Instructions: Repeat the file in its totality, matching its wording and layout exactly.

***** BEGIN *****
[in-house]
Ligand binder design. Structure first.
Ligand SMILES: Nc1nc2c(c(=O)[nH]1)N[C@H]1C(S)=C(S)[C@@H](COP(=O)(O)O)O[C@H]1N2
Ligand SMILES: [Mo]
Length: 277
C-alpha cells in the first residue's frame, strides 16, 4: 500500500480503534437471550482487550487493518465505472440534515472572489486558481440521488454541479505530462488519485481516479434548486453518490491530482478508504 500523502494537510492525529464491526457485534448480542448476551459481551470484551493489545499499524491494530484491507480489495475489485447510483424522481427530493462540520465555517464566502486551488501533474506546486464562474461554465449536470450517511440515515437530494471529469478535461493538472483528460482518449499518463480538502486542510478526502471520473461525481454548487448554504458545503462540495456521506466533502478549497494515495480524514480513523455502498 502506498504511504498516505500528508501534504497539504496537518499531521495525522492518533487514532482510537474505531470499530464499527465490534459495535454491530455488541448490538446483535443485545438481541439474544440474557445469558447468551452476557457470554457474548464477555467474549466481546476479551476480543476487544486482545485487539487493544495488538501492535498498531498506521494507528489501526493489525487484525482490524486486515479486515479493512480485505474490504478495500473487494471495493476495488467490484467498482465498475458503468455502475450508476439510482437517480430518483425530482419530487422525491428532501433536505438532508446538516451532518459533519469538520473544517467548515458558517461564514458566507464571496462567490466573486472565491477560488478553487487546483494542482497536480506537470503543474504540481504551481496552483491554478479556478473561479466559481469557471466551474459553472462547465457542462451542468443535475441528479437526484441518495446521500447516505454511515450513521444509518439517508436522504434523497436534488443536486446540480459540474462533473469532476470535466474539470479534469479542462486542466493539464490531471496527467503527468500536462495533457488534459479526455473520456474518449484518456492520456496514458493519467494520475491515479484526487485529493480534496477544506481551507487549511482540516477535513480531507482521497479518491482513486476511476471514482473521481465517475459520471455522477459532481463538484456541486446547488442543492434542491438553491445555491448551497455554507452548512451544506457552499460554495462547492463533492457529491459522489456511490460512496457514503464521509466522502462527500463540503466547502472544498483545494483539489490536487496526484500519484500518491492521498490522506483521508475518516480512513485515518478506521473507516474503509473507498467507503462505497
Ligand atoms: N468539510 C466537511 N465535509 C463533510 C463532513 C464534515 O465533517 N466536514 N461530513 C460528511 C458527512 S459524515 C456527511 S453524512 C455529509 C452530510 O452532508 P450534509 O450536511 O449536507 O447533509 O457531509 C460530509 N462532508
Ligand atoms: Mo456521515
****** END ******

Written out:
[in-house]
Ligand binder design. Structure first.
Ligand SMILES: Nc1nc2c(c(=O)[nH]1)N[C@H]1C(S)=C(S)[C@@H](COP(=O)(O)O)O[C@H]1N2
Ligand SMILES: [Mo]
Length: 277
C-alpha cells in the first residue's frame, strides 16, 4: 500500500480503534437471550482487550487493518465505472440534515472572489486558481440521488454541479505530462488519485481516479434548486453518490491530482478508504 500523502494537510492525529464491526457485534448480542448476551459481551470484551493489545499499524491494530484491507480489495475489485447510483424522481427530493462540520465555517464566502486551488501533474506546486464562474461554465449536470450517511440515515437530494471529469478535461493538472483528460482518449499518463480538502486542510478526502471520473461525481454548487448554504458545503462540495456521506466533502478549497494515495480524514480513523455502498 502506498504511504498516505500528508501534504497539504496537518499531521495525522492518533487514532482510537474505531470499530464499527465490534459495535454491530455488541448490538446483535443485545438481541439474544440474557445469558447468551452476557457470554457474548464477555467474549466481546476479551476480543476487544486482545485487539487493544495488538501492535498498531498506521494507528489501526493489525487484525482490524486486515479486515479493512480485505474490504478495500473487494471495493476495488467490484467498482465498475458503468455502475450508476439510482437517480430518483425530482419530487422525491428532501433536505438532508446538516451532518459533519469538520473544517467548515458558517461564514458566507464571496462567490466573486472565491477560488478553487487546483494542482497536480506537470503543474504540481504551481496552483491554478479556478473561479466559481469557471466551474459553472462547465457542462451542468443535475441528479437526484441518495446521500447516505454511515450513521444509518439517508436522504434523497436534488443536486446540480459540474462533473469532476470535466474539470479534469479542462486542466493539464490531471496527467503527468500536462495533457488534459479526455473520456474518449484518456492520456496514458493519467494520475491515479484526487485529493480534496477544506481551507487549511482540516477535513480531507482521497479518491482513486476511476471514482473521481465517475459520471455522477459532481463538484456541486446547488442543492434542491438553491445555491448551497455554507452548512451544506457552499460554495462547492463533492457529491459522489456511490460512496457514503464521509466522502462527500463540503466547502472544498483545494483539489490536487496526484500519484500518491492521498490522506483521508475518516480512513485515518478506521473507516474503509473507498467507503462505497
Ligand atoms: N468539510 C466537511 N465535509 C463533510 C463532513 C464534515 O465533517 N466536514 N461530513 C460528511 C458527512 S459524515 C456527511 S453524512 C455529509 C452530510 O452532508 P450534509 O450536511 O449536507 O447533509 O457531509 C460530509 N462532508
Ligand atoms: Mo456521515